LAS partnered with a large pharma company to create a next generation learning blend to support a new team in understanding and selling an innovative new drug.
We were approached by a large pharma company to help train a new team on an innovative new drug. Their philosophy has its foundations in a patient-centred approach, so it was vital to put the patient at the very heart of the learning. This was a massive opportunity for them, to be the first to market and also to make a life-changing difference to people suffering fromthis particular disease.
To create impactful, insightful training that was driven by empathy. Bringing a new team on-board by giving them an in-depth understanding of the drug and patient journey within a set timescale, so that the company could make the most of this opportunity. We wanted to introduce the idea of Next Generation Blends. An evolution of the traditional blend which:
Their previous experience of elearning had been fairly traditional but they had a real appetite to do something different. Together, we decided on a transmedia approach – storytelling that bleeds into the real world using different channels. Transmedia was made popular for marketing purposes but also can be equally and very effectively, applied to learning.
We used an actress to play a patient through 12 years of her condition. The patient’s story unfolds through ‘self-shot’ video diary entries,Facebook updates and SMS conversations over the course of the programme. The actress was aged with make-up and costume to make it really authentic. The narrative arc was designed so that the content maps to it logically. For example, after being married a while, the patient and her husband start to think about starting a family and she has to consider her choice of treatment during pregnancy. At this point on the learning journey, the learners explore the different types of treatment and the possible side effects and make recommendations about which might work for her.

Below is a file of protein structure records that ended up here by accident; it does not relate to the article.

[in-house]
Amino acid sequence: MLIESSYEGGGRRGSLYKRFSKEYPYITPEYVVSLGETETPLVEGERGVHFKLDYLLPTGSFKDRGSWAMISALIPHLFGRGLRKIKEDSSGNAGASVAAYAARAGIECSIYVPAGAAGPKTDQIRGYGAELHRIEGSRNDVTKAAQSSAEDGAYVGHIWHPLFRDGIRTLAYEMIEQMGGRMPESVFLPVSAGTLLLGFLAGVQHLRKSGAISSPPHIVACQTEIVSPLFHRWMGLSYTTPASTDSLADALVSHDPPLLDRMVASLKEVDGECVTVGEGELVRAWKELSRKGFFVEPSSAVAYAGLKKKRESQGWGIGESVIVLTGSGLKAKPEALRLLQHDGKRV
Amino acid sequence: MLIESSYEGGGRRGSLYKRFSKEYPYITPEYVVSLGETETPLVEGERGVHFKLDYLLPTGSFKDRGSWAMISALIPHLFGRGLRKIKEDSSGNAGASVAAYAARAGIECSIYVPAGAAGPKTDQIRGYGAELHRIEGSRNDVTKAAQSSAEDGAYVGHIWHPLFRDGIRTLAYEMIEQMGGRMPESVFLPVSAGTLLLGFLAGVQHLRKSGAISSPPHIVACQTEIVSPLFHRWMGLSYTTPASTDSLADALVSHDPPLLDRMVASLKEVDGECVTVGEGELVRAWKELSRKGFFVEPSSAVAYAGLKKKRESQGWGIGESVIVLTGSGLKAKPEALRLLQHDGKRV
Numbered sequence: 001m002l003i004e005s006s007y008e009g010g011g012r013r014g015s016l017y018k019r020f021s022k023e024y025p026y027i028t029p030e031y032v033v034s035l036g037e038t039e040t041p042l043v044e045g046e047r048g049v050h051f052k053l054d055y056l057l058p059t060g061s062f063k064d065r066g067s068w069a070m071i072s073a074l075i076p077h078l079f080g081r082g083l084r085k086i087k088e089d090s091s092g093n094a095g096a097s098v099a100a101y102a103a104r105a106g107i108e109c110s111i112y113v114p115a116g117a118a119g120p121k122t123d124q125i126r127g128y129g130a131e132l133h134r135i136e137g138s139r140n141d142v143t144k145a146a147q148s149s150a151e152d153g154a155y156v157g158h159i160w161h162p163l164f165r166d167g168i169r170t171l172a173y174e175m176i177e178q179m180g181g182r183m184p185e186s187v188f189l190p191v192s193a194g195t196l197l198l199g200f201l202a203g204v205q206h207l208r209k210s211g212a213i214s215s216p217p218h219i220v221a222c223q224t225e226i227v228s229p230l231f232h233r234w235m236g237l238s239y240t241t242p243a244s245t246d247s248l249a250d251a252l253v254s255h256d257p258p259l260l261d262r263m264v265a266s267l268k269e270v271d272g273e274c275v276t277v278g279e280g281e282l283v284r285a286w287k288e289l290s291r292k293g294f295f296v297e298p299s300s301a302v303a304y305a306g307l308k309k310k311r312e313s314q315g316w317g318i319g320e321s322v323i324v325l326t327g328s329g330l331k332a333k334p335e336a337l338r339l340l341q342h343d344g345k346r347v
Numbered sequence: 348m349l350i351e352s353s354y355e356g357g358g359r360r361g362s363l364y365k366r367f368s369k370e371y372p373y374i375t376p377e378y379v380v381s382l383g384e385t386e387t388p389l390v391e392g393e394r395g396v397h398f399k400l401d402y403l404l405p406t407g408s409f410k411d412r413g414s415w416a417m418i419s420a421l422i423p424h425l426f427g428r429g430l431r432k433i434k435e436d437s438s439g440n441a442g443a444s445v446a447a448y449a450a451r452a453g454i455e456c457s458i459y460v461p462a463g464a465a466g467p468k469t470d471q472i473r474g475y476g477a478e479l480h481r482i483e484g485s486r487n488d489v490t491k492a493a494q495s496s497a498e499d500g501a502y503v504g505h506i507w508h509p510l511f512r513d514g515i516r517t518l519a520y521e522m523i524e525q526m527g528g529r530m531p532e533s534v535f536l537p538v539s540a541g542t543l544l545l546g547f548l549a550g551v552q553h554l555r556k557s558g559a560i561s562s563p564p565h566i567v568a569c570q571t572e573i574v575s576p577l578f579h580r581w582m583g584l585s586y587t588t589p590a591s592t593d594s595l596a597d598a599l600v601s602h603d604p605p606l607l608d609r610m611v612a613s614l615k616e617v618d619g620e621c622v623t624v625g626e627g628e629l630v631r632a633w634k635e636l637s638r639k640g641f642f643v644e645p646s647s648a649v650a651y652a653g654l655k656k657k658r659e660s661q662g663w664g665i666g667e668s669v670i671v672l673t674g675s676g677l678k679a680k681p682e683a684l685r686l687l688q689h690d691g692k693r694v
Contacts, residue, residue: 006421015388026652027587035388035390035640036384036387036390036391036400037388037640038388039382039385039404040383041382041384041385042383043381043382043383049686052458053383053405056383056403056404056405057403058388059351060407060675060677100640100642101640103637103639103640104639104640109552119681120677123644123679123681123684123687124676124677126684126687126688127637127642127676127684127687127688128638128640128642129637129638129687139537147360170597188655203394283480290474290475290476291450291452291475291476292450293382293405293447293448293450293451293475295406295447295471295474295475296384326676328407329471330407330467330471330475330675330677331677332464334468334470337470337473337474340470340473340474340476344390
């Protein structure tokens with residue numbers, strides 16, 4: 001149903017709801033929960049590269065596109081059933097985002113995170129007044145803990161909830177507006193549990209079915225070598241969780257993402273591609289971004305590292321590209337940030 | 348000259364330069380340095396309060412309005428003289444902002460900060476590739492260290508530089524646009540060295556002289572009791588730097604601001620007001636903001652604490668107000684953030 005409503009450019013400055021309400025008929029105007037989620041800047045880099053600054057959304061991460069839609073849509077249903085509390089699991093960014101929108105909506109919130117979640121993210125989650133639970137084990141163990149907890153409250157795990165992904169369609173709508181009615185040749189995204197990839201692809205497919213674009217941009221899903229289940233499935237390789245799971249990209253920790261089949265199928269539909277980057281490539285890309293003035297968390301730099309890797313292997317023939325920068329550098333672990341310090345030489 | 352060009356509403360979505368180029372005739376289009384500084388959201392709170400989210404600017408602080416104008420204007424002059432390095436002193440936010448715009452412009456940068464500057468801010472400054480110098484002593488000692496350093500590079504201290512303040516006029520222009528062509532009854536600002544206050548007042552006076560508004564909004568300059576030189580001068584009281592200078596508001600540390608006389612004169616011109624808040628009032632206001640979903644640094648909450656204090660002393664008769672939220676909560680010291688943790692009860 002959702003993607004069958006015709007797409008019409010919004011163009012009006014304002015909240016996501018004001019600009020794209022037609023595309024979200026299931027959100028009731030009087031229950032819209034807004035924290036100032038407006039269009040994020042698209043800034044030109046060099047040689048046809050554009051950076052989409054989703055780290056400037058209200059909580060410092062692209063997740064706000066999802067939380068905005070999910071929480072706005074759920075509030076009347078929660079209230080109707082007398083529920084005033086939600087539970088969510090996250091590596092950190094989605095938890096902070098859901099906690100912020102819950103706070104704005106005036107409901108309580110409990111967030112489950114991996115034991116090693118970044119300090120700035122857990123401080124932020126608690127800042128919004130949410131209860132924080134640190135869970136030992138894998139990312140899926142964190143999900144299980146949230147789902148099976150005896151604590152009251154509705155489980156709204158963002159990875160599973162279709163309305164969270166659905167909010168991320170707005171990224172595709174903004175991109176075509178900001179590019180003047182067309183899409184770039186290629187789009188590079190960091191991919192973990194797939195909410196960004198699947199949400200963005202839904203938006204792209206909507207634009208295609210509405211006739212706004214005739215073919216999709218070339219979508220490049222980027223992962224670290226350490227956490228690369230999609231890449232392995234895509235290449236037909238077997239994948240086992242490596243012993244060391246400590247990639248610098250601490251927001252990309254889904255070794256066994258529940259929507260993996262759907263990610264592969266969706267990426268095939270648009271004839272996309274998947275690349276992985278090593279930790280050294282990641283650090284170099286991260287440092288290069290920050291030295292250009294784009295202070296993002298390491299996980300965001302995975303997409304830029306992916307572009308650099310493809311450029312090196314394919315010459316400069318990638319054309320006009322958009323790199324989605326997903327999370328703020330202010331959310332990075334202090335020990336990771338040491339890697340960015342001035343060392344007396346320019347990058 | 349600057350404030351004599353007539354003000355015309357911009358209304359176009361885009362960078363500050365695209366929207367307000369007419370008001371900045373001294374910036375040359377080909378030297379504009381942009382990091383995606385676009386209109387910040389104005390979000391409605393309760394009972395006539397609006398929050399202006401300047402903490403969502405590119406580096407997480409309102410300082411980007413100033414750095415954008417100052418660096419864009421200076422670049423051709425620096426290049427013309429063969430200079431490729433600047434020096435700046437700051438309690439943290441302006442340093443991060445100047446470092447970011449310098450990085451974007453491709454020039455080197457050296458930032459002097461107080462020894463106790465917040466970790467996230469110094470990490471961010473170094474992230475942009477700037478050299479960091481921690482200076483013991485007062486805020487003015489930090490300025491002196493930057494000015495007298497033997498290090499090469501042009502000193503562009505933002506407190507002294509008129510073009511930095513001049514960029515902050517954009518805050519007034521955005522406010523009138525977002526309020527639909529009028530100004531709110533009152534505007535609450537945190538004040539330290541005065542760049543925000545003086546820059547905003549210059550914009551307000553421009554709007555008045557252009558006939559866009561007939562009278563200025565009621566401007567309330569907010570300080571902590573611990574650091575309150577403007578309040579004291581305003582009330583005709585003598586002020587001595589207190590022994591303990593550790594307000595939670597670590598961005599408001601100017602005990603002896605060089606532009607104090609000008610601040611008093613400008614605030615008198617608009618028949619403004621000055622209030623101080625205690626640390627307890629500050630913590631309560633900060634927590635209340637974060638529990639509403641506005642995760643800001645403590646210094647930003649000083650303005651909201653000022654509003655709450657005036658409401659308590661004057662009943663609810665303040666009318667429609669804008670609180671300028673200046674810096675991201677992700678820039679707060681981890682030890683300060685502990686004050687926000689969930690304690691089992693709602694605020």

Living with the condition through the patient is highly emotive. The learners see her upset, happy, despairing, relieved. They share good news and bad with her. We know that we are more likely to pay attention to things that create an emotional response in us. Developing that connection through storytelling is a very powerful aid to memory.
Alongside the story, they also access other learning assets along a learning pathway. These include videos. animations, documents,interactions, quizzes, Google Hangouts, research activities, offline activities and team activities. The programme runs over 5 days and the learning is drip fed as a campaign over this period, although they can go back and access the assets at any time as a reminder.
This way of blending is a step-change from the simple blends of the past which may have included an Information-based elearning course, a workshop to practice skills and maybe an implementation document to help put learning into practice. It plays on our natural human curiosity and emotions, mixing up the modes of delivery and making the learning into more of an adventure. This is what helps it to really stick.